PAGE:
Q.What do you think has been the biggest change in hockey since you played compared to today's modern-day hockey? A.What I think is the biggest, and it's too bad but I can’t blame anybody. The game is coached now so much by defensive. "Don’t give up any goals and we’ll have a chance to get somewhere," I mean I listen to them talk and I give them all kinds of credit for what they do. You know, they’re always talking about "sticks in the lane" and they spend so much of their time on preventing the other team. We spent all our time figuring out how to score, and I think as a result, the game was much more wide open. We scored almost twice as many goals during the time I was coaching as they do now. And I think that’s too bad, but, you know, what are you gonna do. You got 30 teams now instead of 17. There are so many teams that don’t have the really high end players, and they have good coaches, but they figure out, we gotta stay close, and the biggest thing for a coach is preventing goals. So I think that’s the biggest change overall. I think it’s too bad, but I don’t have an answer what to do about it. If I was coaching now, thank goodness I'm not, I mean they spend so much time in front of the... and they got so much video stuff and way more coaches involved. All the video we really looked at in those days was the, Kyle, was the ahh, we’d look at the way their power play was set up, and the way they killed penalities. I usually had my assistant coaches do that with em' because I didn't believe you are always harpin' at em about something, and it's one thing in head-coaching don't wear them out listening to you all the time, and to let them see that your assistant coaches are important too. It’s one of the things I learned about coaching more than anything else was make sure everybody is important in what you’re doing. And it isn't enough just to tell them their important, but you gotta show them that you believe by giving them something to do. And we'd do that with our guys, like this line came out after every penalty, or you started every period, or were just penalty killers or whatever, But you can’t tell them you think they’re important and never let them play. Q.Following the incident in February of 1955, did you find it difficult to retire or did it make that much easier to walk away? A.No, no, it didn't make it. I was, I think back and I know I was trying to be brave. Everybody said; "he’s so brave about it." But was I devastated. It's all I’d ever done in my life, I didn’t have any interests in life other than sports. I had all kinds of sports, and was so lucky to not only have all kinds of 'em but be good at most of them. So this was a great, such a part of my life that it was awfully hard. I don’t know what I would have done, to be very honest with you, Kyle, if Maroosh hadn’t come, if I had been left out there floundering and not knowing how to stay in sports. So, it was made tolerable by the fact that I could get into teaching and coaching right away. But it was still, what I did when I went home for a while, I got a mask kind of thing, you know I was back teaching school. Well then I went back to coach the junior team in St. Katherine's and had Stan Makita, and Hull had been on the team at the start when I coached there. Then I coached a year at... and Eddie Shore of all people came and hired me of all people to coach, and I look back I was about 28 years old and I was coaching his team in Springfield in the American League and Don Cherry was on my team. So, I was into the coaching, you know. But then I decided that my daughter was getting where I was trying to get some stability for her. So I went up to my hometown in Canada and started to teach and I thought my career was gonna be in physical education. And I go up and I'll get a, I'll start teaching, and I'll go and get a master’s degree in physical education if I'm gonna be in education. So that’s when I started going to Ohio State every summer. I didn’t want to come all the way back to Minnesota where I was living in Hamilton Northwest. I thought better, it would be better to go an get another degree from another school. So I was going to Ohio State every summer and that’s where the guy, one of the professors took a liking to me that was very involved in hockey and they had like a club team. And they made it a varsity and I came down and coached one year there in ’65. That’s how I wound up doing that at Ohio State. And then I was only there the one year and Maroosh was leaving the Gophers to go with the North Stars a year early, so he could help give them their start in ’67. So he quit and I came in ’66. I laugh about that, Kyle, you know now you read about they have a search committee to look for a new coach and everything and they take months. Maroosh says, "Sonmor’s coming here, nobody else." (laughing) Q.That’s a great story of how you became the head coach at the U, it sounds like Mariucci came to your aide again as he did when you were in the hospital A.Yeah, he was in, well I don't want to get into too much talk of that. But he was there for me when I was having trouble with the alcohol. He and Louie. Louie, I mean if I can have Louie for a friend and for someone to stand by me for what happened to me then, I mean because I had it written right in my contract "if I drank again I could be fired with no money, and no.." ahh, well read it in Louie's book he talks a little about that. Q.With the North Stars correct? A.Yeah, when he hired me, I was in Birmingham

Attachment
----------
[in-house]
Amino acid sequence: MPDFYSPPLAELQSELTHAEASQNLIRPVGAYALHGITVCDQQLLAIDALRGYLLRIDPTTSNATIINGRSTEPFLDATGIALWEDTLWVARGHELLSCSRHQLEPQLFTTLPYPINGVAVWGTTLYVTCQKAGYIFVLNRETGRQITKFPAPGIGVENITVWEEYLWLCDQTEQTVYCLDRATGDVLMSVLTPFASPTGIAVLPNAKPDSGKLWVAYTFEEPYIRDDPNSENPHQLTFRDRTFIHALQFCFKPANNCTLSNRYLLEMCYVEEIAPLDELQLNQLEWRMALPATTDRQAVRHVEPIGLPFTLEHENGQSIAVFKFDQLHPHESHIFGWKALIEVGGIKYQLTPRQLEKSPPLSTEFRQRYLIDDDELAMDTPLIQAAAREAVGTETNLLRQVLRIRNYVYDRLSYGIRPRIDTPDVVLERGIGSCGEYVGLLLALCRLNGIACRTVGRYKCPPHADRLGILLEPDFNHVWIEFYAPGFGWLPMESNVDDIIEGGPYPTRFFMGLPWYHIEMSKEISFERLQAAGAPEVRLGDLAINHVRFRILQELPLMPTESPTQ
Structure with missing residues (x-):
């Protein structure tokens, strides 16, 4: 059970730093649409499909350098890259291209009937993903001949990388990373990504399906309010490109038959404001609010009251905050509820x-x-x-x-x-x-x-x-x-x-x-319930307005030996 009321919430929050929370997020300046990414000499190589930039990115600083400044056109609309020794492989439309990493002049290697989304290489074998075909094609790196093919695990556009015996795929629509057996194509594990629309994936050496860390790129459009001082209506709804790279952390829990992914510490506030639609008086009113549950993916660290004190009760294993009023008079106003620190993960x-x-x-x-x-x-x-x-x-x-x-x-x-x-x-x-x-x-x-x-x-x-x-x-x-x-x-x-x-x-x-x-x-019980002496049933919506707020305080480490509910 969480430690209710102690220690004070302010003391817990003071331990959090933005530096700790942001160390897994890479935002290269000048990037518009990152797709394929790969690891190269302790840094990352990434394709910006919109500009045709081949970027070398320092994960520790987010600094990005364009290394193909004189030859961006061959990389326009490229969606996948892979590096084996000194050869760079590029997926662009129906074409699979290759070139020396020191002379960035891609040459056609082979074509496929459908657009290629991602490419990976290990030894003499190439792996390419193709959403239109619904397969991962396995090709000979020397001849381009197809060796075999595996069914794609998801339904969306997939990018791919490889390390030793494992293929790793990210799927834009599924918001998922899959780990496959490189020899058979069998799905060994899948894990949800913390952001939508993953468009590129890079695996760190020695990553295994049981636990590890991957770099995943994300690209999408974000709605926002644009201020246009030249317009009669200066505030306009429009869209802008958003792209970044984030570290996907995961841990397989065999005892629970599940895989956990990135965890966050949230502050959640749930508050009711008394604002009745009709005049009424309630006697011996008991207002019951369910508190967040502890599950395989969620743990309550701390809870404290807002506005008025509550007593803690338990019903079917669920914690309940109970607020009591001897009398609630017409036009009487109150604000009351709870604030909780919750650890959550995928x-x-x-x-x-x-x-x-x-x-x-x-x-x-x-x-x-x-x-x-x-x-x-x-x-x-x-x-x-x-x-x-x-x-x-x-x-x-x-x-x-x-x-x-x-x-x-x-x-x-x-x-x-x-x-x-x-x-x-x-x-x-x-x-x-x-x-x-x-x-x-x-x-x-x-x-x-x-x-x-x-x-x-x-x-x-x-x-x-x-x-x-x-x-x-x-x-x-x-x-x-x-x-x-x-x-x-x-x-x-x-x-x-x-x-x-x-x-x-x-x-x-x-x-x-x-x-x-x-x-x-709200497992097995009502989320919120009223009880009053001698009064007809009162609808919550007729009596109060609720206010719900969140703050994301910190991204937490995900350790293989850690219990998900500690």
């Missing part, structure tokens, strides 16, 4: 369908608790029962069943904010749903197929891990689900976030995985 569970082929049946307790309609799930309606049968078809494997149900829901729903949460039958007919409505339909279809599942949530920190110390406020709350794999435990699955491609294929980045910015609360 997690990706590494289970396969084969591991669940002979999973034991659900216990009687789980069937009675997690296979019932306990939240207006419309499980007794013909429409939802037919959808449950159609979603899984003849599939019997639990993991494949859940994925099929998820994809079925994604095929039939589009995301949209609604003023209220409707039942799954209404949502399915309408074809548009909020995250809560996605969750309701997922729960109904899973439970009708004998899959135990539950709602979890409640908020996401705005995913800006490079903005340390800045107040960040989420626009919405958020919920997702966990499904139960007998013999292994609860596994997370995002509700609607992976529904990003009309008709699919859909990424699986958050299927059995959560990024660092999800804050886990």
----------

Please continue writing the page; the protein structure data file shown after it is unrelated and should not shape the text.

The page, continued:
after the Saints had gone out of business, I got hired